Quiting without saving requires– :q! How hard is that? Personally, I don’t like nano at all.
      Aside from that, I’ve had Fedora on my box for 20 years, and I never had nano installed at all until last year.

      • Darvond

        Beg pardon from someone born after the German Reunification and ergo; the Emacs/Vim Holy Wars.

        The way my opinion flows is this: When people open an editor, they want to edit. Drop in, start typing.

        But it may also be worth noticing that no graphical editor really goes out of their way to emulate vi because you just focus the window and type.

        Even ancient tools from the other side of the force like QBASIC’s Editor didn’t require anything weird to get going.

  10. Inci

    Great intro! Looking forward for part 2.

  11. edier88

    This is really important for sysadmins and developers.
    Looking forward for the next parts!

  12. Stathis

    You might want to consider changing the shebang line of the script to

    #!/usr/bin/env bash

    This seems to be preferred nowadays.
    As it does not assume “bash” to be present in a specific directory it helps promote portability.

    • Joao Rodrigues

      Well, that just assumes “env” is present in /usr/bin
      You have to put an absolute path in the hashbang. You have to start assuming something at some point. If for some reason bash is not in /bin, a more sensible approach would be just to symlink bash in /bin.

  13. Bryan

    Very nice article sir

  14. Putin

    Unrelated to the above topic at hand, I wish to say that I now love Fedora. Been using Ubuntu and its derivatives for the past 20 years until a couple of weeks ago where I just happened to stumble upon the Distrowatch website. Yes, I never knew it existed. Wanted a change of scene and somehow Fedora looked very enticing. Got it installed on main machine without a second thought. Loving it. The community is fantastic. Keep it up folks.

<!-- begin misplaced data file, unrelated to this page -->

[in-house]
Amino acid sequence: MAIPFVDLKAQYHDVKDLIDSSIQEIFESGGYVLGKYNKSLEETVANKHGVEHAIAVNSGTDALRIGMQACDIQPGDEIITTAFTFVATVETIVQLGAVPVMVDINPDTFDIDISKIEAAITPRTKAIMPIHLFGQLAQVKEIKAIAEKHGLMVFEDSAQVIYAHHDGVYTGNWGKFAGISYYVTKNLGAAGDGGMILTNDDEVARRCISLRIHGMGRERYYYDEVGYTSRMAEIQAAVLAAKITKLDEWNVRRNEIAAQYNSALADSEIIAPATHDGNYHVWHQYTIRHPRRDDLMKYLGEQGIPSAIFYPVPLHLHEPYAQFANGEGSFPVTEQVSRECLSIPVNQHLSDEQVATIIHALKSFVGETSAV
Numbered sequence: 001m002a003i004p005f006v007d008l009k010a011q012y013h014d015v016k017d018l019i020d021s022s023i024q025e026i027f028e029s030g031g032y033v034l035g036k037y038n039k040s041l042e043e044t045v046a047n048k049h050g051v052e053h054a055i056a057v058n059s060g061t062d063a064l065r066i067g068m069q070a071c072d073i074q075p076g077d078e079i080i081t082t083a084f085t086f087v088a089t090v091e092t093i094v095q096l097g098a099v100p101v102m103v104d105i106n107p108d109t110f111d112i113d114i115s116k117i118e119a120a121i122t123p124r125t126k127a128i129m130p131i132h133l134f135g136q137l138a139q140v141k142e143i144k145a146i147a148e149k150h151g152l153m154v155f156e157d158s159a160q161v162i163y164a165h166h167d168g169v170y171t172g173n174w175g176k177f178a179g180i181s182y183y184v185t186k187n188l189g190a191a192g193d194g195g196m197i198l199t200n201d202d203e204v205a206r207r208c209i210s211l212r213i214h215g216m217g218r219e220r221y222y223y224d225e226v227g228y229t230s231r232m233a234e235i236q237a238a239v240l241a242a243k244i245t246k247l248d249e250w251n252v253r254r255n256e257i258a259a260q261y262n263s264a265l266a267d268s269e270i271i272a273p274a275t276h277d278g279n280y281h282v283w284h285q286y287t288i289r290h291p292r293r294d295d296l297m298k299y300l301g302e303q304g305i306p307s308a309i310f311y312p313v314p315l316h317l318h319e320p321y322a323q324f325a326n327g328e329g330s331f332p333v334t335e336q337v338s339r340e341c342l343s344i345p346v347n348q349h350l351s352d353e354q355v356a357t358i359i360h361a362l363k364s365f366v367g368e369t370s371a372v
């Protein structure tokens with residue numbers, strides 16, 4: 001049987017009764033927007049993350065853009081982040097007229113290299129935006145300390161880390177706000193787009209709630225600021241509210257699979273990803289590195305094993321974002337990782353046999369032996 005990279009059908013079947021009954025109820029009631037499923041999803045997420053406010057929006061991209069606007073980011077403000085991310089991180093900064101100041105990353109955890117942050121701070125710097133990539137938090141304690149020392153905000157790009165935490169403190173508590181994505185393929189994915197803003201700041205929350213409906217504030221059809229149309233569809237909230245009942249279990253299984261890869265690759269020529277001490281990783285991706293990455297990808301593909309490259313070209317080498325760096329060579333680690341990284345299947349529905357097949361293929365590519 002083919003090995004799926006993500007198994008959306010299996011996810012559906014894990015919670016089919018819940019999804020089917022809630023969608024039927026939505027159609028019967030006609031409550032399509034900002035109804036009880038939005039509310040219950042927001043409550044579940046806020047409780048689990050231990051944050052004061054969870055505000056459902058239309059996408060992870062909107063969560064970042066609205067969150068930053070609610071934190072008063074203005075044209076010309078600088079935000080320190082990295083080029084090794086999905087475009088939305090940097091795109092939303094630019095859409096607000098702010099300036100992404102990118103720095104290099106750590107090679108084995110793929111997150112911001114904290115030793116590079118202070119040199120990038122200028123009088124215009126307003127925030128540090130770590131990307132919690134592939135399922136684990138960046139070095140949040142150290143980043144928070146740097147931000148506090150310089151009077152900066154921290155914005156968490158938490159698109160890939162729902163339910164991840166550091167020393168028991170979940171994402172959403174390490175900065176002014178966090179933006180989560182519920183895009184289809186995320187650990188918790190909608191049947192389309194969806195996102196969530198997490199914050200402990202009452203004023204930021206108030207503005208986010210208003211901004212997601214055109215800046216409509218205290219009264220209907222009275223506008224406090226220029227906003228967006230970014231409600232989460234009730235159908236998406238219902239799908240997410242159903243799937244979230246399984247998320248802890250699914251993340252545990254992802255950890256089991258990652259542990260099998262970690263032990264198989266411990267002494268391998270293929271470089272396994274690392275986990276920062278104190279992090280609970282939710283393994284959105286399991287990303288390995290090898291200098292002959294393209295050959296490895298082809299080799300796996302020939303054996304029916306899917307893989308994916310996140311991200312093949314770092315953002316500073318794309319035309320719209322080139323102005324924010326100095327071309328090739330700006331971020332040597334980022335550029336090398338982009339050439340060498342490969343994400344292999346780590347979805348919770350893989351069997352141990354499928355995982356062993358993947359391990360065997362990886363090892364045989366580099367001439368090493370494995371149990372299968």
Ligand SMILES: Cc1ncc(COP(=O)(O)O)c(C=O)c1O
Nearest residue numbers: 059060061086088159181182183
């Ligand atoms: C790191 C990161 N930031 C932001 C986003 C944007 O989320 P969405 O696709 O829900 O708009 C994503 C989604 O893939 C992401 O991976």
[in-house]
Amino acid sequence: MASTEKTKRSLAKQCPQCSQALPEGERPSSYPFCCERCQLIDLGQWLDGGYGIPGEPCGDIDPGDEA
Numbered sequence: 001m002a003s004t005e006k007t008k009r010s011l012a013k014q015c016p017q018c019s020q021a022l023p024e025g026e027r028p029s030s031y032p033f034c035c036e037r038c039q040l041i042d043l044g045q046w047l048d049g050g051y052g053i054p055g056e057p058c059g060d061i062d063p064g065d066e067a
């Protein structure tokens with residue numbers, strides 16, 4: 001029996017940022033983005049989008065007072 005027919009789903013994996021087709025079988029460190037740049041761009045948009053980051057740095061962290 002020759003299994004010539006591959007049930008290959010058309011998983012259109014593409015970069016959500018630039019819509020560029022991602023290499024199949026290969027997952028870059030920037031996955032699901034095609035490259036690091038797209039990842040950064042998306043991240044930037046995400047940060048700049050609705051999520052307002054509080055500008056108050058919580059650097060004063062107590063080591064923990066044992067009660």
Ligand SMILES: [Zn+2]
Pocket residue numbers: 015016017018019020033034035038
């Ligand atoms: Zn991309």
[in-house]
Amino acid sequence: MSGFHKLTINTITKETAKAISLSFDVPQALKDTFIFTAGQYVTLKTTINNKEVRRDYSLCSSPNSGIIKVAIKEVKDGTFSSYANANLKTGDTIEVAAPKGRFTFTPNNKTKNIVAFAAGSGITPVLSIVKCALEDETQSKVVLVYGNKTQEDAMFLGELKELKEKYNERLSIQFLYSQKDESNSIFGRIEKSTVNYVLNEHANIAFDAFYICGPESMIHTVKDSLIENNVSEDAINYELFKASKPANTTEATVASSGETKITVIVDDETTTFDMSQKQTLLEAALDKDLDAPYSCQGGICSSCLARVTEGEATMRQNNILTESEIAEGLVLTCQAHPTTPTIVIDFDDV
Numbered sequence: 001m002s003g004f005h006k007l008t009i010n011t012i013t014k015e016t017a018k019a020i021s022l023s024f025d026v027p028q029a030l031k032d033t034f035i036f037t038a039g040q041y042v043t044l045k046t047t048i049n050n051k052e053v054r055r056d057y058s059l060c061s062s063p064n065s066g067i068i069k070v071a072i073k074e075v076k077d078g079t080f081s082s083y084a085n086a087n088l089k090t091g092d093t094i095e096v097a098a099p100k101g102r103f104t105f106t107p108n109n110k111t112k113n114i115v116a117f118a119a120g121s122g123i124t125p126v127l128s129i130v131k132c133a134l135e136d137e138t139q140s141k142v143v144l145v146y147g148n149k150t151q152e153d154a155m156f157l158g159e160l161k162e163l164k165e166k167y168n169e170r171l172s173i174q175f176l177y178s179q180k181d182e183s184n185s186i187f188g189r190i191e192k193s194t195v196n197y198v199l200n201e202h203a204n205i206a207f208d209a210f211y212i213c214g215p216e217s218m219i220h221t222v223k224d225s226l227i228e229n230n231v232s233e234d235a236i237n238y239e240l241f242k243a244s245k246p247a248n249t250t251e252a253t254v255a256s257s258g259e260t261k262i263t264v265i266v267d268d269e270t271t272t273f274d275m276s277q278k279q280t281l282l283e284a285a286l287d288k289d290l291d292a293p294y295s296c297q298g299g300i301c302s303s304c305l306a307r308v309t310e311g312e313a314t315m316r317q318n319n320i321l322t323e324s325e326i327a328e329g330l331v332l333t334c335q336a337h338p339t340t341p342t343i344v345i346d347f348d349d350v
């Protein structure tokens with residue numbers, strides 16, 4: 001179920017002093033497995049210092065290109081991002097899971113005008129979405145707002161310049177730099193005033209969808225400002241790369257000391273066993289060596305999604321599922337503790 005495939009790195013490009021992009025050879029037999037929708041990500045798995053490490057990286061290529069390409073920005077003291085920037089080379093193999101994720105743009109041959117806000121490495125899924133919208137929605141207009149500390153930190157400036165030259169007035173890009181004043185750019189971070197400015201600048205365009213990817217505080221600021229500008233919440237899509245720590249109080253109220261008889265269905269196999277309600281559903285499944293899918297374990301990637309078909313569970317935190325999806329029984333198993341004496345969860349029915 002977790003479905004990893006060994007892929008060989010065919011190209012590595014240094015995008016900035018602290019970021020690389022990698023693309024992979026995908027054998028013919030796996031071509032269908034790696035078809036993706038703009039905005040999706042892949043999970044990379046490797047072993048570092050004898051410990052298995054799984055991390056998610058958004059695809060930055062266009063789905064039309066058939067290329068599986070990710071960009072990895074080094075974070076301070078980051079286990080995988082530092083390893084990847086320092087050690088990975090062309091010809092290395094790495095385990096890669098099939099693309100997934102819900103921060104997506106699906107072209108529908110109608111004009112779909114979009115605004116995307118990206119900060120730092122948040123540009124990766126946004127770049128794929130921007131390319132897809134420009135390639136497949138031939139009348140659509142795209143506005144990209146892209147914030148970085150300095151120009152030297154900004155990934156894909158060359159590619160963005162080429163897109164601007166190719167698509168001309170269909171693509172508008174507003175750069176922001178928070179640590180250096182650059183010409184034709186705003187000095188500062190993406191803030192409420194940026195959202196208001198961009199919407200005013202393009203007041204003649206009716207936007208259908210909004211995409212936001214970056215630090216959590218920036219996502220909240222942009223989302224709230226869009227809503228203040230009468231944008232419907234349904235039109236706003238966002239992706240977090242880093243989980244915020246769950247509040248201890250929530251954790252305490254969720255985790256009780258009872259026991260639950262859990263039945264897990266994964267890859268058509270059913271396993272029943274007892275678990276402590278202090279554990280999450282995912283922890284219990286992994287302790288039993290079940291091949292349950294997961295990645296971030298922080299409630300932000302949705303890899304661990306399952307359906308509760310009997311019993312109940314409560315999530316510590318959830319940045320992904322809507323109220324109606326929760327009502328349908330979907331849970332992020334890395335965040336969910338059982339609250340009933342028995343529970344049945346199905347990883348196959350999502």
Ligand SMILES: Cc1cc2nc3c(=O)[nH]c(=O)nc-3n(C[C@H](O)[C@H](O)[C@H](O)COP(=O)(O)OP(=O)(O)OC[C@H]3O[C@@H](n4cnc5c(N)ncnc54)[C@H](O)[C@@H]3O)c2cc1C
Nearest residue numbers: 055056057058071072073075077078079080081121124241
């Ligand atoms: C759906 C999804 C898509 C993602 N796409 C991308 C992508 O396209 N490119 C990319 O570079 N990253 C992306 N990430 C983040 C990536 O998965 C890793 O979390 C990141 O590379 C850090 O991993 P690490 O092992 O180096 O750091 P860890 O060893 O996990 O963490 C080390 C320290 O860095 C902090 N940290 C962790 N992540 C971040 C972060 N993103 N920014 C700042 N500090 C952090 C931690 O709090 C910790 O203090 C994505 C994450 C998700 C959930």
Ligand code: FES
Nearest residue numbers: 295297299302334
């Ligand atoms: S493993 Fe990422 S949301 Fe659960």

15. Pedgerow

    Thanks for this! Please explain how to take input in a future article. I have never been sure about how to do this, but I assume it’s very basic. By this I mean, how can I pass an argument to a Bash script? Like if I wanted to write a script that did the same as “echo”, and it only contained one command and that was “echo $input”, what else would I need to put in the script to make it work?

    Also, does it have to start with #!/bin/bash, or can it start with something else? What if I put the script file ( or whatever) in a different path? It would be very cool if you could answer these questions in a future article.

    • The words (parameters) passed to the script on the command line are available in the numbered variables $1, $2, $3, etc. If you want them all at once, you can use $*. So in your script, you would put “echo $*”. There is also a $@ that you may see used from time to time. It is similar to $* but it “tokenizes” the parameters a little differently. But that is a more advanced topic. 🙂

  16. Dietmar

    If you ever consider to look into bash, shell scripting or just the best Linux CLI tutorials of all times – ask your search engine for

    Machtelt Garrels, Bash Guide for Beginners


    Mendel Cooper, Advanced Bash-Scripting Guide

    to be found here:

    For me this is the greatest IT – literature of all times.
    A reference and a tutorial and an introduction and a specialists treasure trove in one.
    Second to none.

    Give it a try! Fell in love with bash scripting …

Comments are Closed

The opinions expressed on this website are those of each author, not of the author's employer or of Red Hat. Fedora Magazine aspires to publish all content under a Creative Commons license but may not be able to do so in all cases. You are responsible for ensuring that you have the necessary permission to reuse any work on this site. The Fedora logo is a trademark of Red Hat, Inc. Terms and Conditions